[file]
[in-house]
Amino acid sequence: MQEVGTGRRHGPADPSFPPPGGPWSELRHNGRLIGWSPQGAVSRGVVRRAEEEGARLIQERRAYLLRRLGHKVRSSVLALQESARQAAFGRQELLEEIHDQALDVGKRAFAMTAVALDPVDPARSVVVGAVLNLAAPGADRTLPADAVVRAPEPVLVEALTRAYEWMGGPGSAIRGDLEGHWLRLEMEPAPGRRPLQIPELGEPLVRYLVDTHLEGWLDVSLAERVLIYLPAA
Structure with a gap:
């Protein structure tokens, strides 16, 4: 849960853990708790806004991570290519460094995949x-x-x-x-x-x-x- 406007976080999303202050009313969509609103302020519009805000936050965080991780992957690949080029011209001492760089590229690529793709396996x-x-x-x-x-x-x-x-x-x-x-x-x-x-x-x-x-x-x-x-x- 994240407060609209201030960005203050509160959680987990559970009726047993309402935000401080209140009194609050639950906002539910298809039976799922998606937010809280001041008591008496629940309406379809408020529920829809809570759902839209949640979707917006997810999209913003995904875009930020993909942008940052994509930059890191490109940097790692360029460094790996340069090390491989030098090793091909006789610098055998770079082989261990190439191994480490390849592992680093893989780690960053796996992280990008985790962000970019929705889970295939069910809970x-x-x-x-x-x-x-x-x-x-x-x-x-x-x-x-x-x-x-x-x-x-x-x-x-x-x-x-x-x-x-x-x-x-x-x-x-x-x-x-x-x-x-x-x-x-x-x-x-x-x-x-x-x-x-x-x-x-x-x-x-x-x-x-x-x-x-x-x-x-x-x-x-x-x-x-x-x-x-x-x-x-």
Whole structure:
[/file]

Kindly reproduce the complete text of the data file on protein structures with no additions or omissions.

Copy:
[in-house]
Amino acid sequence: MQEVGTGRRHGPADPSFPPPGGPWSELRHNGRLIGWSPQGAVSRGVVRRAEEEGARLIQERRAYLLRRLGHKVRSSVLALQESARQAAFGRQELLEEIHDQALDVGKRAFAMTAVALDPVDPARSVVVGAVLNLAAPGADRTLPADAVVRAPEPVLVEALTRAYEWMGGPGSAIRGDLEGHWLRLEMEPAPGRRPLQIPELGEPLVRYLVDTHLEGWLDVSLAERVLIYLPAA
Structure with a gap:
């Protein structure tokens, strides 16, 4: 849960853990708790806004991570290519460094995949x-x-x-x-x-x-x- 406007976080999303202050009313969509609103302020519009805000936050965080991780992957690949080029011209001492760089590229690529793709396996x-x-x-x-x-x-x-x-x-x-x-x-x-x-x-x-x-x-x-x-x- 994240407060609209201030960005203050509160959680987990559970009726047993309402935000401080209140009194609050639950906002539910298809039976799922998606937010809280001041008591008496629940309406379809408020529920829809809570759902839209949640979707917006997810999209913003995904875009930020993909942008940052994509930059890191490109940097790692360029460094790996340069090390491989030098090793091909006789610098055998770079082989261990190439191994480490390849592992680093893989780690960053796996992280990008985790962000970019929705889970295939069910809970x-x-x-x-x-x-x-x-x-x-x-x-x-x-x-x-x-x-x-x-x-x-x-x-x-x-x-x-x-x-x-x-x-x-x-x-x-x-x-x-x-x-x-x-x-x-x-x-x-x-x-x-x-x-x-x-x-x-x-x-x-x-x-x-x-x-x-x-x-x-x-x-x-x-x-x-x-x-x-x-x-x-």
Whole structure: